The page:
KIEV, Ukraine -- A convoy of more than 260 Russian trucks, painted white and carrying a mysterious cargo of what Moscow says is humanitarian supplies, suddenly changed course Thursday morning. The trucks had been on the road to the Kharkiv region of eastern Ukraine, for inspection by International Red Cross and Ukrainian officials.
Kharkiv is under Ukrainian government control. But without warning or explanation, they changed direction and headed south. Some Ukrainian officials believe it's an attempt by Moscow to get tons of supplies -- possibly weapons -- into territory south of Kharkiv controlled by pro-Russian separatists.
It's an area that has seen heavy fighting over the last three days and Ukrainian President Petro Poroshenko is accusing Moscow of planning a "direct invasion" under the guise of delivering humanitarian assistance.
Other officials believe Russia is trying to re-supply rebels. But no one in Kiev really knows what's on those trucks, and neither does the International Red Cross. The group was planning to send a senior official to Kiev and Moscow to try to reach an agreement on border crossing procedures and customs clearance.
Kiev said it would also send humanitarian aid to the region. Neither country has explained how it plans to move the supplies in to an active war zone.
The U.N.'s human rights office said Wednesday the death toll from the fighting in just the past two weeks had gone over 2,000 people. That number, which it calls conservative, includes soldiers, separatists and civilians.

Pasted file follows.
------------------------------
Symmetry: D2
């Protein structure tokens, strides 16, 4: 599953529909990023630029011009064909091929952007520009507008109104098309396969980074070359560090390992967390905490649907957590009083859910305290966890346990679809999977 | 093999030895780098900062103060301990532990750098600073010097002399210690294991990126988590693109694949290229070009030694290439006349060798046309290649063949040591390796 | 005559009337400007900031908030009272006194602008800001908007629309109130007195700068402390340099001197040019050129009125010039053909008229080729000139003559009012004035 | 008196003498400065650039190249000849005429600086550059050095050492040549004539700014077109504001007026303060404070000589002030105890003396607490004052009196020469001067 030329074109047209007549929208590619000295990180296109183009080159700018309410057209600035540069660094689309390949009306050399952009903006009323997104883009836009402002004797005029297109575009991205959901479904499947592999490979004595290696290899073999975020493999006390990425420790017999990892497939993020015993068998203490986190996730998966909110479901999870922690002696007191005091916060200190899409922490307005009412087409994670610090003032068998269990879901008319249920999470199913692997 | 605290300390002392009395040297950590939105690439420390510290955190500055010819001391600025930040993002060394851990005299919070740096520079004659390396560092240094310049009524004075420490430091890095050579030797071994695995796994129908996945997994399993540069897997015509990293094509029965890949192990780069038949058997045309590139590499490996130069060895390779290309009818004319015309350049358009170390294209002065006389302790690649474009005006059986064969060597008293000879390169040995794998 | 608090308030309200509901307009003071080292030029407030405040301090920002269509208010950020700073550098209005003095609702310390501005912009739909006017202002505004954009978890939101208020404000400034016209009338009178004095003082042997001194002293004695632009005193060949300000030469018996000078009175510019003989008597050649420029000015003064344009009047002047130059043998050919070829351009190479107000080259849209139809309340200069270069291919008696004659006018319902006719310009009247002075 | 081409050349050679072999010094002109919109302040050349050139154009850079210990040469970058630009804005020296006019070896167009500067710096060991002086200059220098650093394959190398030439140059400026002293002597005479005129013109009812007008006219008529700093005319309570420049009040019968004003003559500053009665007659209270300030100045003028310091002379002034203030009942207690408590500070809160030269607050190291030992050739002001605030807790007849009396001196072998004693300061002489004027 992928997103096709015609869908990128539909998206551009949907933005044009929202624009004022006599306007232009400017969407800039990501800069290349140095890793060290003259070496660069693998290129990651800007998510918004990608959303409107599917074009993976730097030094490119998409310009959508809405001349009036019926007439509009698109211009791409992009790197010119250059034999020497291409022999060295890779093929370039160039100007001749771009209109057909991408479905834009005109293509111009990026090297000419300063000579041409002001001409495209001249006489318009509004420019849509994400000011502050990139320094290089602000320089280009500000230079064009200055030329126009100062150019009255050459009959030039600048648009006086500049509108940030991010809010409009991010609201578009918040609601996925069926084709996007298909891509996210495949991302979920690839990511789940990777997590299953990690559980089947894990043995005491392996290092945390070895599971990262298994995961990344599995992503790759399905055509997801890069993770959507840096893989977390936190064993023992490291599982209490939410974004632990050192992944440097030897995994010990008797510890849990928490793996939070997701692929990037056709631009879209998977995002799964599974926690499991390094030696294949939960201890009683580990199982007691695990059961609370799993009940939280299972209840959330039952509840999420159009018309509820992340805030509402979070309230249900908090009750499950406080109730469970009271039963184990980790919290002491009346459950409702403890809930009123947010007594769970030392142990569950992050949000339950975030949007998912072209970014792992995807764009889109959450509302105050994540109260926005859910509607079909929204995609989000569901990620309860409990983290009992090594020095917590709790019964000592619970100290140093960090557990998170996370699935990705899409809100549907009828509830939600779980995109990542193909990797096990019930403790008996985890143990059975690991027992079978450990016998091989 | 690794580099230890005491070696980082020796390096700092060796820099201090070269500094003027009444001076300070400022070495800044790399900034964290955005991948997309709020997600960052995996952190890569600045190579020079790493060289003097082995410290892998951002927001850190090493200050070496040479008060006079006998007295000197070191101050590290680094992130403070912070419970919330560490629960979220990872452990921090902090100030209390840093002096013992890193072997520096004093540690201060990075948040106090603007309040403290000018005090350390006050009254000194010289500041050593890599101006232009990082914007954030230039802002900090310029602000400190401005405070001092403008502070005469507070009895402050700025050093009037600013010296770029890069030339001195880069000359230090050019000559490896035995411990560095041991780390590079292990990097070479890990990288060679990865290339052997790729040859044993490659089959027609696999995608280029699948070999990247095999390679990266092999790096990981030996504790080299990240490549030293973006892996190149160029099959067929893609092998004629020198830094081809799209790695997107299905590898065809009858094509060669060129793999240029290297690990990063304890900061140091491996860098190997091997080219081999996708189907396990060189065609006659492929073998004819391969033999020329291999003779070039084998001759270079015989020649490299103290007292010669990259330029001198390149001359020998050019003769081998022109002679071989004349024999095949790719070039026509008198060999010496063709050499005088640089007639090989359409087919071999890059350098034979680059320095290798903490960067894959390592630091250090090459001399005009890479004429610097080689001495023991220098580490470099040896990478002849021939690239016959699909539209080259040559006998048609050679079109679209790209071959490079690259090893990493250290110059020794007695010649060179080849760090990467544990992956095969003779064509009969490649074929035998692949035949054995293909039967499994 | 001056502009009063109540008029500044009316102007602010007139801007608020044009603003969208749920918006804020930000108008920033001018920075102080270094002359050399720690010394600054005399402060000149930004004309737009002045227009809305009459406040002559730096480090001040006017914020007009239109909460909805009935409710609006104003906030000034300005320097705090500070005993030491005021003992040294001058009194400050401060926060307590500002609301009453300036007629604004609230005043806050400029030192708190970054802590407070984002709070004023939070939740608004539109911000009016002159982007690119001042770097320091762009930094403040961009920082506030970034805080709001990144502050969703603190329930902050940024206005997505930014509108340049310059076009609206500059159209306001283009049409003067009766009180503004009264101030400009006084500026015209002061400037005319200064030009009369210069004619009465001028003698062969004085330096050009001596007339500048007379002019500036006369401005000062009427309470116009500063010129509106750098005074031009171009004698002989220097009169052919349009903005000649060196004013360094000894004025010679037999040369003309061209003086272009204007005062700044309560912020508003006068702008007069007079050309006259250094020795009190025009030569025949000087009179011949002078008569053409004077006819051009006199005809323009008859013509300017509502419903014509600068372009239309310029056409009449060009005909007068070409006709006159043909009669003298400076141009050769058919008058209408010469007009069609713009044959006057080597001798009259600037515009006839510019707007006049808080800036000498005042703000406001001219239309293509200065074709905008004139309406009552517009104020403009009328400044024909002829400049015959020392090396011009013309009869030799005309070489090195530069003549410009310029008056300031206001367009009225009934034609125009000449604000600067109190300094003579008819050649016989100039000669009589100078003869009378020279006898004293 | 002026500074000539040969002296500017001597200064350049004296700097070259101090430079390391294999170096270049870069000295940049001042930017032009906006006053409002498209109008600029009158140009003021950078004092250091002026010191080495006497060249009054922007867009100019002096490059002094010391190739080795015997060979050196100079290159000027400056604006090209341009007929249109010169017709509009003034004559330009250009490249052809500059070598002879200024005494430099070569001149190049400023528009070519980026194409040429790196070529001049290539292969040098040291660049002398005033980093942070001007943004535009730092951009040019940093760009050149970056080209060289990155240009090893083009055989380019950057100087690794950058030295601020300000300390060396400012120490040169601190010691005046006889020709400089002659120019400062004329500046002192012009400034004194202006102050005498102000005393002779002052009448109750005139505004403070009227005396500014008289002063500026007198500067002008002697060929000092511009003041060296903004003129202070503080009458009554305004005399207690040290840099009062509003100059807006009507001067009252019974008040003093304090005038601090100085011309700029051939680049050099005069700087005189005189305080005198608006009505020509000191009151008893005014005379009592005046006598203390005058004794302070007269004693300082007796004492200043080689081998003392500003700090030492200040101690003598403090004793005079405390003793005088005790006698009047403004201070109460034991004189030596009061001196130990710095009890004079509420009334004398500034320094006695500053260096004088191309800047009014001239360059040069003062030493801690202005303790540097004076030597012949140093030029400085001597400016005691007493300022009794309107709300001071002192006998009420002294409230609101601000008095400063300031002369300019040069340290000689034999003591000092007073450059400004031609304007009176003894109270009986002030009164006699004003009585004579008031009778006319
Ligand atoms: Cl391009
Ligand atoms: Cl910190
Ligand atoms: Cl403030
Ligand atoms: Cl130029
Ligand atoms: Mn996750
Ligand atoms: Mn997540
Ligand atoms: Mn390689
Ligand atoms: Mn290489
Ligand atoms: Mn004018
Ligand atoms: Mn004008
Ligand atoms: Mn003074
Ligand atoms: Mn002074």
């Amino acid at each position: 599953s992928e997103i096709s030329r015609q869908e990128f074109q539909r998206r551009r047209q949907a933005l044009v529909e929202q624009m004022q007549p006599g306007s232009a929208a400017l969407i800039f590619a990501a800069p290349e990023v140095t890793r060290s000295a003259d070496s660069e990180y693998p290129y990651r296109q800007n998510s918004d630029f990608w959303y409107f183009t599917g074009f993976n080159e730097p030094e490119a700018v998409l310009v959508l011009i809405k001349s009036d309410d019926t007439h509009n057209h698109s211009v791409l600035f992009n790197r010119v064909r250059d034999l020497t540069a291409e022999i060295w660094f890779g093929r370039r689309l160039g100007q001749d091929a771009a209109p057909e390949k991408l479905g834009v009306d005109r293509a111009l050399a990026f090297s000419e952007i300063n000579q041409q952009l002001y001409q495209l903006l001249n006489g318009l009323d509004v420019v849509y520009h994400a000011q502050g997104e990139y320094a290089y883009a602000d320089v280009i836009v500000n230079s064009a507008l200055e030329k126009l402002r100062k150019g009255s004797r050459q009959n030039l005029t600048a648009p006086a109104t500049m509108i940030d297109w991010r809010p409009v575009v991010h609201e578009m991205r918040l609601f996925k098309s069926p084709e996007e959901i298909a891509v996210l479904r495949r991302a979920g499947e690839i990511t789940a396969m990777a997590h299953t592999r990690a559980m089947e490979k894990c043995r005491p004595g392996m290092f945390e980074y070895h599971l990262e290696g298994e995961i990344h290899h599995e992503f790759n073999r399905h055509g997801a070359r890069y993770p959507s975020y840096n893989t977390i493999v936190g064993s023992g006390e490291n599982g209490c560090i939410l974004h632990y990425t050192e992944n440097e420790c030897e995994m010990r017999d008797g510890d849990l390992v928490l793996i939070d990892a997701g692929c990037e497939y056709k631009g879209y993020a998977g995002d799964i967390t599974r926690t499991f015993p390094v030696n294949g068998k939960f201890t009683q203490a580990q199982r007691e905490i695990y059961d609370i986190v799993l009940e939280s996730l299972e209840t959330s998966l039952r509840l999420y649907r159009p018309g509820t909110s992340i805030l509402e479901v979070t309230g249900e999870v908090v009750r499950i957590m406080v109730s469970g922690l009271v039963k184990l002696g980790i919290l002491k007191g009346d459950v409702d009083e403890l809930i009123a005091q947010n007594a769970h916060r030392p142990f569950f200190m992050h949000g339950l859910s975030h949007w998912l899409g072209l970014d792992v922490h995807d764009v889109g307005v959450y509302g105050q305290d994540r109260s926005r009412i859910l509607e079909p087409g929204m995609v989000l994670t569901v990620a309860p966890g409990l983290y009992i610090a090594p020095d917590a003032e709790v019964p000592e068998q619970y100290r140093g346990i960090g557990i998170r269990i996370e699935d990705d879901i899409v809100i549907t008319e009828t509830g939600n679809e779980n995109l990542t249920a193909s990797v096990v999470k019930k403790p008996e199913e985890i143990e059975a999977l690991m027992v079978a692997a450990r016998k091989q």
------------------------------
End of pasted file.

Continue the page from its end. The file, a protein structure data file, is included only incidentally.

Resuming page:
As the convoy made its way toward the Ukrainian border, Russian President Vladimir Putin was spending his second day in Crimea, which Russia seized in March. He brought his entire cabinet and many Russian lawmakers with him.
But the broadcast of a speech the Russian leader was to deliver in the Crimean parliament was abruptly cancelled Thursday morning.
The Russian government said it was always meant to be a private discussion with Crimean leaders to map out ways of bolstering the economy "in the new territory," which has been hard-hit by a lack of tourists this summer, from Ukraine or anywhere else.
Meanwhile, the Twitter account of Putin's No. 2, Prime Minister Dmitry Medvedev, was hacked on Thursday morning.
One of the fake tweets announced Medvedev's resignation, claiming he was "ashamed by the government actions. Forgive me."
At first, it wasn't clear whether the words might actually be from Medvedev. They perplexed even veteran Kremlin-watchers, with former U.S. Ambassador to Russia Michael McFaul re-tweeting the message and asking, "wow. Is this a fake?"
Though the Russian Foreign Ministry quickly put out a statement that the tweets were not authentic, it took Russian government officials more than an hour to reclaim the site and delete the earlier comments.
An anti-Kremlin Russian hacking group reportedly claimed responsibility for the hacking into Medvedev's account in a message posted to its own Twitter feed later Thursday morning.
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